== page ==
Monday, August 6, 2012

Will India learn from this biggest banking scandal?

Cartelisation! Over the last one year, this has been one term that has got many Indian companies penalised by the Competition Commission of India (CCI). The allegations have been that firms within the same industry colluded together to manipulate prices.

But this is too trivial compared to what we are just going to tell you about. Imagine a cartel of big global banks manipulating the global financial system. We are referring to the Libor banking scandal. For a lay Indian, this may not be quite a popular term. But in the global financial system, it is a very crucial pivot. For starters, Libor stands for London interbank offered rate, the rate at which banks think they can lend and borrow money themselves. Libor is a globally accepted benchmark interest rate for over US$ 350 trillion in financial products.

Regulators are said to be of the view that the manipulation of the Libor interest rate was the result of "organised fraud". As per news agency Thomson Reuters, Barclays paid a hefty fine of about US$ 453 m to authorities in the US and the UK to settle allegations that some of its traders had colluded with employees at other banks to manipulate Libor. Several other financial institutions are reportedly under the scanner of regulators for their alleged role in the fraud. This comes as another striking evidence of the threat big banks and financial institutions pose to the health of the global economy. But they are not the only ones to be blamed. Such scandals also reflect the negligence of the regulators. What were they doing all this while? Worse still, these are the same too-big-to-fail institutions that the central banks rescue in times of crisis.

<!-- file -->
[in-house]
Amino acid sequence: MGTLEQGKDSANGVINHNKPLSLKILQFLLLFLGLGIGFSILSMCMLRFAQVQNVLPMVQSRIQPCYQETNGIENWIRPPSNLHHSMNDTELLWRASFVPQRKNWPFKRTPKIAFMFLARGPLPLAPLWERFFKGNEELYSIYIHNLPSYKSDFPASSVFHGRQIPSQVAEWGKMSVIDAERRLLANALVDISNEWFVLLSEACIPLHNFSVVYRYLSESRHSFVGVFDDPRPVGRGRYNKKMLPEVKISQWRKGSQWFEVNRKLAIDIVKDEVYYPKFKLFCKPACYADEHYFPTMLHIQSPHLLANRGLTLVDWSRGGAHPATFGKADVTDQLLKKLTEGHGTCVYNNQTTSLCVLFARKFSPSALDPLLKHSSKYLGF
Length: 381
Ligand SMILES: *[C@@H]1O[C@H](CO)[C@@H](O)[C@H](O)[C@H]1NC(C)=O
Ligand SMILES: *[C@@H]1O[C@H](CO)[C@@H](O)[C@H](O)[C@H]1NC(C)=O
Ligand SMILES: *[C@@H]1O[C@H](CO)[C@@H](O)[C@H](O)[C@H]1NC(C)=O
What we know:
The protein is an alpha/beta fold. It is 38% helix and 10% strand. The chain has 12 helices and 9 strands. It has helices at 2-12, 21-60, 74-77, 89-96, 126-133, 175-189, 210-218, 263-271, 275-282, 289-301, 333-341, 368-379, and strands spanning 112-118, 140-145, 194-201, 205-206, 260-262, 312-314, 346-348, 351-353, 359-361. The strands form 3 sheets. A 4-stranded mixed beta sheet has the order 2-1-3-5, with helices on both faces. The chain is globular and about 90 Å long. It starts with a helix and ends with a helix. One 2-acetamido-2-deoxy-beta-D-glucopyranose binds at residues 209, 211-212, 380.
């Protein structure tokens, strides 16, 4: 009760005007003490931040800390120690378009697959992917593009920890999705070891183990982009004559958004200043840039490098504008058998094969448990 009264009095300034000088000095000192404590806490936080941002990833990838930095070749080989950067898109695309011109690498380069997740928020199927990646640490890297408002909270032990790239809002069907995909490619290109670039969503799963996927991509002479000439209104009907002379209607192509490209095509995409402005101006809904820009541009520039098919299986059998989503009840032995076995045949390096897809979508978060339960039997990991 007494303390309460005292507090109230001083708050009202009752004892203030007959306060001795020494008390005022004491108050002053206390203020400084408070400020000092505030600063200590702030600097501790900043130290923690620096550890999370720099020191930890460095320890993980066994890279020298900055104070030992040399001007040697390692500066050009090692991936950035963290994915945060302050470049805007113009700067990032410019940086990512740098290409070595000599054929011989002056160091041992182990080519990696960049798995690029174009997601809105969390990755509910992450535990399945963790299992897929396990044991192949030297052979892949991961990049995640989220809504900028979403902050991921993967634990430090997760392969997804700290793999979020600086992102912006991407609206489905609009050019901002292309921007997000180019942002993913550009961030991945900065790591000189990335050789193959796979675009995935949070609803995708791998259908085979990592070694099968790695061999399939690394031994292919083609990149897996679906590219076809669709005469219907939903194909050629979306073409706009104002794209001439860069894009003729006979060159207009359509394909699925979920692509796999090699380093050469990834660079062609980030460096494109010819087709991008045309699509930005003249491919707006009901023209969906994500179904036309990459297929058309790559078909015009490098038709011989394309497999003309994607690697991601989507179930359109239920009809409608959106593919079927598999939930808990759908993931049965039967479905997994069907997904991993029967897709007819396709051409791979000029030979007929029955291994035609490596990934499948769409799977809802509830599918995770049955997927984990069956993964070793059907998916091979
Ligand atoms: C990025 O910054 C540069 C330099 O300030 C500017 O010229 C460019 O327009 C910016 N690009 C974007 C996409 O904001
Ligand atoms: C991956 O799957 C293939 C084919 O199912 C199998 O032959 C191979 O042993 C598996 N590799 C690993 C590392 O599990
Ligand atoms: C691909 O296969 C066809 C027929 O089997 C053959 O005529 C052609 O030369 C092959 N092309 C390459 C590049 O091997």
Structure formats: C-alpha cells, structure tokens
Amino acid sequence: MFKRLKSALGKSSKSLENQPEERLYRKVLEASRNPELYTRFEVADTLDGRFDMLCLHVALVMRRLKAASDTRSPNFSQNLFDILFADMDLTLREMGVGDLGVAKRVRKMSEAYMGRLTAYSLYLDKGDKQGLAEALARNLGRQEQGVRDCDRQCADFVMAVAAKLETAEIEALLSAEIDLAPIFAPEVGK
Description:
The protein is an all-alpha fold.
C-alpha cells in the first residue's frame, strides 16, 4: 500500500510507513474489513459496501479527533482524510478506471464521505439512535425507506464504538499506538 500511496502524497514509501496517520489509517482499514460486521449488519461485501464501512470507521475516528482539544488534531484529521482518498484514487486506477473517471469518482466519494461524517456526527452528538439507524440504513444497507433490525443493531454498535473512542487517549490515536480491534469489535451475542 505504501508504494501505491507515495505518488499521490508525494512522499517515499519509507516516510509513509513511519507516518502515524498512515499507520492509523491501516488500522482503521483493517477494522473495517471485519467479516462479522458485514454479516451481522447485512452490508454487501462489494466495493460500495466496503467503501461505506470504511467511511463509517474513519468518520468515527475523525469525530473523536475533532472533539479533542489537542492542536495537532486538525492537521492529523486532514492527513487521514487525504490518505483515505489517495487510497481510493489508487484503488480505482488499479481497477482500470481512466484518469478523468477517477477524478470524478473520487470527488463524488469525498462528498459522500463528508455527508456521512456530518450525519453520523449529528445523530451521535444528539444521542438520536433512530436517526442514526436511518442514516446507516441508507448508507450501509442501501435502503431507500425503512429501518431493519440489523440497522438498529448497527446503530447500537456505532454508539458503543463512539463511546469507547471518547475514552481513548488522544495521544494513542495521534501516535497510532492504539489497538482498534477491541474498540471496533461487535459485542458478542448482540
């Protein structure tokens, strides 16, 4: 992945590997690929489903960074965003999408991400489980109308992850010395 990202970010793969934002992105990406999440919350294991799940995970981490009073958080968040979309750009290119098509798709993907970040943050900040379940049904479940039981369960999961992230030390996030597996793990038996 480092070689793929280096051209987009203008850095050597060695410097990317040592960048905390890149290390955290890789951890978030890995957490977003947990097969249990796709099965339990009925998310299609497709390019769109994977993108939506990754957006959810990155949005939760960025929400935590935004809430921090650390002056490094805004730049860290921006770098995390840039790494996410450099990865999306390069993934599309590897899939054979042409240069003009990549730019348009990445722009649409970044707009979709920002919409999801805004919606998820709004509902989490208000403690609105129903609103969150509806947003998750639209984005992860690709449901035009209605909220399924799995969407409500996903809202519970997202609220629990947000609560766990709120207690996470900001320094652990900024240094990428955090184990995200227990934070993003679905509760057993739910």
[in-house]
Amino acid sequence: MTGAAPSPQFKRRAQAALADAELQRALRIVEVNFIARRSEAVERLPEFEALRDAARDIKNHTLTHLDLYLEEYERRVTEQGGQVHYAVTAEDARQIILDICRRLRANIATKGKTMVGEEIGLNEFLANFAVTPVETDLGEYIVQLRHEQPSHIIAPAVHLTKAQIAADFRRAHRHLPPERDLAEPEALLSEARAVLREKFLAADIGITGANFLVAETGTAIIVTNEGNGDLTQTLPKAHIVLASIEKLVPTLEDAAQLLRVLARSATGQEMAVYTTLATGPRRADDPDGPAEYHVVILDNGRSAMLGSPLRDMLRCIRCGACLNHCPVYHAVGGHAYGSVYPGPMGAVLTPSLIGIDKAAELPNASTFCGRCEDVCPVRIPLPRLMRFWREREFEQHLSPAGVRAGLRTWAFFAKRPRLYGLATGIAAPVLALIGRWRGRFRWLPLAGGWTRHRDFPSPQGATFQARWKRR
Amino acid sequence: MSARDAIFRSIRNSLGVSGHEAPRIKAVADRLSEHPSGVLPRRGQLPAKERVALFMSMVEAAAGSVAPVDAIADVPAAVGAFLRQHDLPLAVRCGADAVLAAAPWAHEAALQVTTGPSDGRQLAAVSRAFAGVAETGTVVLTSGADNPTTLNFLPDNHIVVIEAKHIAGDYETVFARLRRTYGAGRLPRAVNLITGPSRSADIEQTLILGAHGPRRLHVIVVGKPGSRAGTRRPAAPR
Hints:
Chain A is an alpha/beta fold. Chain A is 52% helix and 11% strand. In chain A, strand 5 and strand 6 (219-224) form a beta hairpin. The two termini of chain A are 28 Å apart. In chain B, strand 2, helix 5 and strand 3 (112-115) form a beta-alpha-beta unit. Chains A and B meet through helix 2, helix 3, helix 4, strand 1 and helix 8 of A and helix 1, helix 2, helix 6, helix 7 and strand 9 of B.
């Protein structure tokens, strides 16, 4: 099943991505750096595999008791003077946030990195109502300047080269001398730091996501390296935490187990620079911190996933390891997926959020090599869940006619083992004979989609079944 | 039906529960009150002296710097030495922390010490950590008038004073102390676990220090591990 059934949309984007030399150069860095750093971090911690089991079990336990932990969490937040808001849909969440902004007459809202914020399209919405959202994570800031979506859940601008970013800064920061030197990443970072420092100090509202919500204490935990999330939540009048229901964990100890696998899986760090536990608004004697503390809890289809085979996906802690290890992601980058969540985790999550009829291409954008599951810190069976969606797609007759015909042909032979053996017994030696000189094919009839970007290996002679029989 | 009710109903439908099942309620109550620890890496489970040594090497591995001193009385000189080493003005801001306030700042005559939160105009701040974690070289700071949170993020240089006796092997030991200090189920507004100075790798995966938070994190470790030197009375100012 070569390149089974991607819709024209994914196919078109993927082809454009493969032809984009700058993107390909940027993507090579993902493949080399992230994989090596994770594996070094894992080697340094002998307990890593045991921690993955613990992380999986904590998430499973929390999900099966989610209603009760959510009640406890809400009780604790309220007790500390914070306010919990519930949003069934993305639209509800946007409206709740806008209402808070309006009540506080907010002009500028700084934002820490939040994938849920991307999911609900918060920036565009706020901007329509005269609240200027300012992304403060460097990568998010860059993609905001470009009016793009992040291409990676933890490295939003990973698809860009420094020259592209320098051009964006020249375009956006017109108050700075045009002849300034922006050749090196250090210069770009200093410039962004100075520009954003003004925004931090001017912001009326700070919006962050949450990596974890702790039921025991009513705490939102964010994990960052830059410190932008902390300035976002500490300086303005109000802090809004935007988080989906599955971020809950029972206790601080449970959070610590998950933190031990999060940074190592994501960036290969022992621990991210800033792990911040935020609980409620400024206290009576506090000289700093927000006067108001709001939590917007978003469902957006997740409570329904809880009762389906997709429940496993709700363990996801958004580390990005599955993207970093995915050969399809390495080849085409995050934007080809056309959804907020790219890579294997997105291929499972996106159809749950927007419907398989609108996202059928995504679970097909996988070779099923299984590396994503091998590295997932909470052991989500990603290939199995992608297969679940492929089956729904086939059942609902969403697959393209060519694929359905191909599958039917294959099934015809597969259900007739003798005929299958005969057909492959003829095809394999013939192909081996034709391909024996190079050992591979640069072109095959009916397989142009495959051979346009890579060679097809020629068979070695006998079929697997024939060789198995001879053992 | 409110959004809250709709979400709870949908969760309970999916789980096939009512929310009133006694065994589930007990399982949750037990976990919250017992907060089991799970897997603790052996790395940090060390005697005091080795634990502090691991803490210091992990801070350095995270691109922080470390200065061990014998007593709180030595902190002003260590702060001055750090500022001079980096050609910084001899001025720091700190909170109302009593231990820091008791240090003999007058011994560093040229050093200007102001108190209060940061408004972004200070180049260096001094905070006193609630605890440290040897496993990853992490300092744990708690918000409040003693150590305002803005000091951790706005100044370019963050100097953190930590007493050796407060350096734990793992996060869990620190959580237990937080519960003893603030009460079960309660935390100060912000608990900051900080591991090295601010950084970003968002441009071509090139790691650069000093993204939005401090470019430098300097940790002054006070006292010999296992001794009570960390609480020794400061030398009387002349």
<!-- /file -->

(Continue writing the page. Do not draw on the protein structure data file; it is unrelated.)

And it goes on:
What lessons does this financial scandal have for India? It must be noted that in 1998, the Mumbai inter-bank offer rate, referred to as Mibor, was set up on the lines of Libor. The Mibor acts as a benchmark rate for all interest rate swaps, forward rate agreements, floating rate debentures and term deposits. Though most key interest rates in India are benchmarked by the Reserve Bank of India (RBI), the Libor scandal may be a reminder for the Indian central bank to ensure adequate checks and balances to ensure that a similar fraud does not occur in India. Already discussions are underway to switch to an actual screen-based traded price of Mibor as the current system could be susceptible to manipulation. We really hope the Indian bank regulator and the banks initiate appropriate steps to avoid a similar disaster in our country.

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